A course that continues to develop and refine skills in the reading and study of selected Greek texts. Selections may include texts from the New Testament, the early Church, and/or ancient philosophers. May be repeated with a different subtitle. Prerequisite(s): BLIT 233 , BLIT 234 , and BLIT 330 . UG
  •  

    BLIT 341 - Biblical Hebrew Exegesis


    3 hours
    This course will be a continuation of grammar study and translation with attention given to developing exegetical skills in the study of Biblical Hebrew. Translation and exegetical exercises will be based on selections of individual texts or a particular book within the Hebrew Bible. At the instructor’s discretion, attention may be given to the study of Biblical Aramaic during the semester. Course may be repeated under a different subtitle. Prerequisite(s): BLIT 243 , BLIT 244 . UG
  •  

    BLIT 349 - Readings in Hebrew


    1-3 hours
    This is a course that continues to develop and refine skills in the reading and study of selected Hebrew texts. Selections will include texts from the Pentateuch, the Historical Books, the Prophetic corpus, and Wisdom and Psalm Literature. At the instructor’s discretion, students may be allowed to translate selected Aramaic texts from the books of Ezra and Daniel. Prerequisite(s): BLIT 243 , BLIT 244 , BLIT 341 . UG
  •  

    BLIT 356 - Psalms and Wisdom Literature


    3 hours
    A survey of Hebrew poetry and wisdom literature in English translation. A study of selected Psalms and portions of Job, Proverbs, Ecclesiastes, and Song of Solomon. Prerequisite(s): BLIT 250 , BLIT 305 . UG
  •  

    BLIT 365 - Hebrews and General Epistles


    3 hours
    An exegetical study of Hebrews and select general epistles (James, 1 and 2 Peter and Jude) in English translation. Prerequisite(s): BLIT 310 . UG
  •  

    BLIT 369 - The Early Church and the Scriptures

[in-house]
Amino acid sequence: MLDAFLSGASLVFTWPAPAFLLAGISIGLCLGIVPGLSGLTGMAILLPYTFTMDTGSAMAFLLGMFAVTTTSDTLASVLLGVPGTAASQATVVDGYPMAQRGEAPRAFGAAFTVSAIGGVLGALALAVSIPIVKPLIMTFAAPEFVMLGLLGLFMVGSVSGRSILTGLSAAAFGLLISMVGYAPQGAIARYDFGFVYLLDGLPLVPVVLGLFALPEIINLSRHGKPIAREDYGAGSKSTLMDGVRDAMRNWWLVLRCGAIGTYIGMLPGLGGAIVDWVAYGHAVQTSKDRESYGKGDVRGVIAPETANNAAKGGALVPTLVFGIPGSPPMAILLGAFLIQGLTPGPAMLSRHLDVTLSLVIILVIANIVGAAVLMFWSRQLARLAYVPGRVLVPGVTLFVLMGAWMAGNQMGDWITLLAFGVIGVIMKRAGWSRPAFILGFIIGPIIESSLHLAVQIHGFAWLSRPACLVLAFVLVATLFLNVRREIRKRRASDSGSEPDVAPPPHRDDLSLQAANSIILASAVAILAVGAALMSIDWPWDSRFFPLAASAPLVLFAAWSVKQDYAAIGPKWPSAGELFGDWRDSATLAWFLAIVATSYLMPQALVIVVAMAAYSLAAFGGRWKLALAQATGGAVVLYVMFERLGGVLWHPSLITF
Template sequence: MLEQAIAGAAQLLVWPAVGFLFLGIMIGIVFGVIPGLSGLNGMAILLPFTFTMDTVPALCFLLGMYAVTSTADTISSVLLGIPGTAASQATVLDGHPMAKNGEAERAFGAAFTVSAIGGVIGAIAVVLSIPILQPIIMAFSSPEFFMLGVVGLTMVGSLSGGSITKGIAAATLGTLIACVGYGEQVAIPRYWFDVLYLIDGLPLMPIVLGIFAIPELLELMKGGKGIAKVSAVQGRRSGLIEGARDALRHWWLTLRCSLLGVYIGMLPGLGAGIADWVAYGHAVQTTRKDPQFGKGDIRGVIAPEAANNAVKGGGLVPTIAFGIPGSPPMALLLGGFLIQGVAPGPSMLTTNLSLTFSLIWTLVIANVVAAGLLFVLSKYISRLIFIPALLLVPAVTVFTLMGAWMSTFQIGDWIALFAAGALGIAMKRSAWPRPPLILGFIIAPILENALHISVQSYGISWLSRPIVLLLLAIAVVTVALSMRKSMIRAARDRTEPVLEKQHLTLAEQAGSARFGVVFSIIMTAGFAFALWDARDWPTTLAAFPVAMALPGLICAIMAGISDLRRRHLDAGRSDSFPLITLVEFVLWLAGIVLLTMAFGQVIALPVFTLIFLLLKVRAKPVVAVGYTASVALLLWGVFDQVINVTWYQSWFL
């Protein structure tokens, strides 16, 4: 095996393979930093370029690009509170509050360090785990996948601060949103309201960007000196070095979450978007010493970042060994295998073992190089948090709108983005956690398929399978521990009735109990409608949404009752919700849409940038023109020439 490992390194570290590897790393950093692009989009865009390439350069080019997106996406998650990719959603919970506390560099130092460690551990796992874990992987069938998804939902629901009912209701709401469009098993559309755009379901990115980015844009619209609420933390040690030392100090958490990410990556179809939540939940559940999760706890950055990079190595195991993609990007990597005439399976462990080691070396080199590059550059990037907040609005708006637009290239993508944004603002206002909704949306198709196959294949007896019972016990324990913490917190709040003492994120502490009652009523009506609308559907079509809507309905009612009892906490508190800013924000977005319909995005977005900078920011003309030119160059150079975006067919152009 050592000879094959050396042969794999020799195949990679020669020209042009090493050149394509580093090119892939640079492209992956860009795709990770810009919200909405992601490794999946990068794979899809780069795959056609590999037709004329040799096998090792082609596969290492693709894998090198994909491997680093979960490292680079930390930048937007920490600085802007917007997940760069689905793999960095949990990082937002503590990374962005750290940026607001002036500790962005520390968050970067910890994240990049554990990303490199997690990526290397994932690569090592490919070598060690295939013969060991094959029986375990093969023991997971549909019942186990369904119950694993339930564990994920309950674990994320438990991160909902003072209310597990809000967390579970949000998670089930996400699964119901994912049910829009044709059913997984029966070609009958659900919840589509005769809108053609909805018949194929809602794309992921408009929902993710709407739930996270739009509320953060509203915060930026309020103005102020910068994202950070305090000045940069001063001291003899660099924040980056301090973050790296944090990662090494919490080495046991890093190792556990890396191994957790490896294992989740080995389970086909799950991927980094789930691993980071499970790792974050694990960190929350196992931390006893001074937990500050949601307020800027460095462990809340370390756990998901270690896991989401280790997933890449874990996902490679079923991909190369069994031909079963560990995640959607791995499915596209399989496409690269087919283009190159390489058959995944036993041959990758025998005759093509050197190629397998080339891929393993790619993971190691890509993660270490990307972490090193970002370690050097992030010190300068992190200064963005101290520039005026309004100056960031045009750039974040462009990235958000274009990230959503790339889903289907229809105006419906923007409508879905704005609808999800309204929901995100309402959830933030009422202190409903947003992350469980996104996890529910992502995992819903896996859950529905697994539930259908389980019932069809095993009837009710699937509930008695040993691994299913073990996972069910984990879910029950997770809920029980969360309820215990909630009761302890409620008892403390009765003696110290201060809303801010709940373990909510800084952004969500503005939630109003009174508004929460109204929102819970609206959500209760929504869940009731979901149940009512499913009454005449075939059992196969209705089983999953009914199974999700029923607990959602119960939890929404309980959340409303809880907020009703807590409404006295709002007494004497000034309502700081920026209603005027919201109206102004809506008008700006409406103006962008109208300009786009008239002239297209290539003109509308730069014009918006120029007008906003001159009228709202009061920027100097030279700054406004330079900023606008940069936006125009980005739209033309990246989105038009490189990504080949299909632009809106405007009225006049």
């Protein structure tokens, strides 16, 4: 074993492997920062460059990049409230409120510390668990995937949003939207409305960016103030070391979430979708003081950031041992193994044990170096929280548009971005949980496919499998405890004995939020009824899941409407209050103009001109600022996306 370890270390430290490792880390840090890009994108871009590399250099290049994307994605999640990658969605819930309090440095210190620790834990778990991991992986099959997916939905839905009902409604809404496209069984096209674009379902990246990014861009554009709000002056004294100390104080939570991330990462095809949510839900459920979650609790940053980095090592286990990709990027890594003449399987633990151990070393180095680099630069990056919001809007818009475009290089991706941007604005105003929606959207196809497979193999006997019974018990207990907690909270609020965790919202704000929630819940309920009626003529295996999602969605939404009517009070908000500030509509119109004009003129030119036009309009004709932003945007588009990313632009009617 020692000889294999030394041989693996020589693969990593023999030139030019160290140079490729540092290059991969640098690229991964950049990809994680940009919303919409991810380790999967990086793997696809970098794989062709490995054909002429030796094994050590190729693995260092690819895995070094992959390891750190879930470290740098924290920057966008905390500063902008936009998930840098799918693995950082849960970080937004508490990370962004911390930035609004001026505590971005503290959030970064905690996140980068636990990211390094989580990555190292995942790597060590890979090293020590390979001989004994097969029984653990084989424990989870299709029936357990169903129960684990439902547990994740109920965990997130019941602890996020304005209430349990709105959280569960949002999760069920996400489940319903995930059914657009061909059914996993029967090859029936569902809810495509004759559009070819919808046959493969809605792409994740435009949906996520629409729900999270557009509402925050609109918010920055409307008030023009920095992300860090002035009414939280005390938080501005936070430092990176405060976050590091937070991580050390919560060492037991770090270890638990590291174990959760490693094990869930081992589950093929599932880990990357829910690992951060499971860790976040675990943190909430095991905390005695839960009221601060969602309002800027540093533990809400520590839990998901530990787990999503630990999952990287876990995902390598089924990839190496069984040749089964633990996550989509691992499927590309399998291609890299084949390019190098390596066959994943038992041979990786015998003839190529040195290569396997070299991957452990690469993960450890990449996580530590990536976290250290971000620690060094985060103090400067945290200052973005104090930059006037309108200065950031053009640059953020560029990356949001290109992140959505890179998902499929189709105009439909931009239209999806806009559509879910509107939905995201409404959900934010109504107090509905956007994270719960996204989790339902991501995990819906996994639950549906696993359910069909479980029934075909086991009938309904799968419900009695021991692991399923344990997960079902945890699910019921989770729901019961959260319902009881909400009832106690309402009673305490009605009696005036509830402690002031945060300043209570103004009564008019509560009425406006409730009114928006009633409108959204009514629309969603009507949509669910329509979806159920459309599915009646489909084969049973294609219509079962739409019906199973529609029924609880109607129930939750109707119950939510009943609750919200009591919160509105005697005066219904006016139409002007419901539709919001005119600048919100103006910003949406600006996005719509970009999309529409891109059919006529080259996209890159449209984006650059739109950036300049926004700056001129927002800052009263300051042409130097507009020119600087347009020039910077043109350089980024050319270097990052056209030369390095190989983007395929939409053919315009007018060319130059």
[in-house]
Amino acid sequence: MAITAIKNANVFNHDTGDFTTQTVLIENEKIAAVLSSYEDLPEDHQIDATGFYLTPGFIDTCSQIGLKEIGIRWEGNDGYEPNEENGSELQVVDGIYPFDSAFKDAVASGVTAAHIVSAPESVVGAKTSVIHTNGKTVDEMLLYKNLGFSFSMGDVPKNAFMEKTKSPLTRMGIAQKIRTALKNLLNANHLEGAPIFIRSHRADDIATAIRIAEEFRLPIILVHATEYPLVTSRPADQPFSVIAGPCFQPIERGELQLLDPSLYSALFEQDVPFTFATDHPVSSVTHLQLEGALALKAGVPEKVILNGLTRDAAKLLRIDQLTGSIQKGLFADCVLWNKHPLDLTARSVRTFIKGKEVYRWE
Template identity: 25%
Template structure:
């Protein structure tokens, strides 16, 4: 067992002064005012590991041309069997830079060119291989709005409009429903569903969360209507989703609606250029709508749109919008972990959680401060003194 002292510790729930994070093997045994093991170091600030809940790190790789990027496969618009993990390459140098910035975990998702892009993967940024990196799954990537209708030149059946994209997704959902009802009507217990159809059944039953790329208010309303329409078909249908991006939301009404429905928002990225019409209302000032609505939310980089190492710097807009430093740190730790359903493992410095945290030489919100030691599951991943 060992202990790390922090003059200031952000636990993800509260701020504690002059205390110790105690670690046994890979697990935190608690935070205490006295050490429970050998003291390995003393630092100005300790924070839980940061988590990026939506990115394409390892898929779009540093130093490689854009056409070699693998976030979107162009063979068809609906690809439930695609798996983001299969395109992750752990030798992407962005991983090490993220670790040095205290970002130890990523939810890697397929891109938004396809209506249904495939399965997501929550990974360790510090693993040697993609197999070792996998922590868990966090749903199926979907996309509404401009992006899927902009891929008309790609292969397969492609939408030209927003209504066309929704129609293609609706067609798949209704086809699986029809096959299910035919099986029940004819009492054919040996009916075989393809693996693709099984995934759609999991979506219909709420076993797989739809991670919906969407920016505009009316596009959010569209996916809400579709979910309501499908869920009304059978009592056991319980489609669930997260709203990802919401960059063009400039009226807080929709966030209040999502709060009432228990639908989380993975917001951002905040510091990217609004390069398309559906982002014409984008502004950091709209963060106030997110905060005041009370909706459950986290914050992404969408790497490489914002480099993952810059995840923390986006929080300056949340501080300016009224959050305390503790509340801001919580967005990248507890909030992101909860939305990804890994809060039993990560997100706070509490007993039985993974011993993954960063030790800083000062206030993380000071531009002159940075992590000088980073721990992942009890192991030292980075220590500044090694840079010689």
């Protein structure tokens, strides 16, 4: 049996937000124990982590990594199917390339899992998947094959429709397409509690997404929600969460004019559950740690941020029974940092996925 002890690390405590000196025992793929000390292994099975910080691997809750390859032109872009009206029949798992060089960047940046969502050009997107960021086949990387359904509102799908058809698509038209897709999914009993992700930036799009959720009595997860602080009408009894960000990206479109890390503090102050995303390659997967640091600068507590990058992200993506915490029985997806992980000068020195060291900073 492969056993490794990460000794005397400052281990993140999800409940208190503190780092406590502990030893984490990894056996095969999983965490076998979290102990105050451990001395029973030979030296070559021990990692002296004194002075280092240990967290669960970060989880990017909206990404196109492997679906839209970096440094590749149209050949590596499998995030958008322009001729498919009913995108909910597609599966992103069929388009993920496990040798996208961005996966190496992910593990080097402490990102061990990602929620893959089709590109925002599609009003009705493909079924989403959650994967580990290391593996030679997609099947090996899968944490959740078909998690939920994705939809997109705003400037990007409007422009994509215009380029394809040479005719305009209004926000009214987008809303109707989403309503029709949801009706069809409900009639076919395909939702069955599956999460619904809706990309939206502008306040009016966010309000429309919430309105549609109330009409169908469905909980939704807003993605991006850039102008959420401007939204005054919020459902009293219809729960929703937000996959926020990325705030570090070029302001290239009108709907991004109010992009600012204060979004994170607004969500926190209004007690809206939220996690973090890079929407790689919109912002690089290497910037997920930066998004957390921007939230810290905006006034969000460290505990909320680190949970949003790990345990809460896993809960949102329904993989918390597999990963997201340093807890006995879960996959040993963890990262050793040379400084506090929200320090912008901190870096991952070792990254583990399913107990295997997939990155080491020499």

3 hours
    Same as THEO 369 . UG
  •  

    BLIT 371 - Pentateuch


    3 hours
    A study of ancient and modern methods of reading the Pentateuch and the historical context in which it was written. Special attention will be devoted to examining the major literary and theological issues related to Genesis, Exodus, Leviticus, Numbers, and Deuteronomy. Prerequisite(s): BLIT 250 , BLIT 305 . UG
  •  

    BLIT 379 - Old Testament Prophets I


    3 hours
    A study of the background, contents, and teachings of Hosea, Amos, Isaiah, Micah, Jonah, and Obadiah. Prerequisite(s): BLIT 250 , BLIT 305 . UG
  •  

    BLIT 380 - Old Testament Prophets II


    3 hours
    A study of the background, contents, and teachings of Jeremiah, Lamentations, Joel, Nahum, Habakkuk, and Zephaniah. Prerequisite(s): BLIT 250 , BLIT 305 . UG
  •  

    BLIT 381 - Exilic and Post-Exilic Prophecy and Community


    3 hours
    This course will study the structure, content and theological ideas of the prophetic writings from the exilic/post-exilic period: Isaiah 40-66, Ezekiel, Haggai, Zechariah, and Malachi. Attention will also be devoted to the study of the historical, political and religious context of the second-temple community, the biblical and apocryphal literature of this period, and the religious and intellectual trends which contributed to the development of the Hebrew text and the Jewish faith. Prerequisite(s): BLIT 250 , BLIT 305 . UG
  •  

    BLIT 385 - Biblical Explorations


    3 hours
    This course will survey specific topics in Biblical Studies. Potential topics include biblical texts, interpretive methods or movements, and theological questions. May be repeated with different topics. Prerequisite(s): BLIT 250 , BLIT 305 , BLIT 310 . UG
  •  

    BLIT 400 - Gospels: Mark and Matthew


    3 hours
    This course is a study of the Gospels of Mark and Matthew. Utilizing a variety of critical methods, students will study each of these gospels in its literary and historical context and compare the two gospels. The goal will be to gain a better understanding of what each of these gospels says about the man named Jesus and the beginning of the Christian faith and community. Prerequisite(s): BLIT 250 , BLIT 310 . UG
  •  

    BLIT 410 - The Deuteronomistic History


    3 hours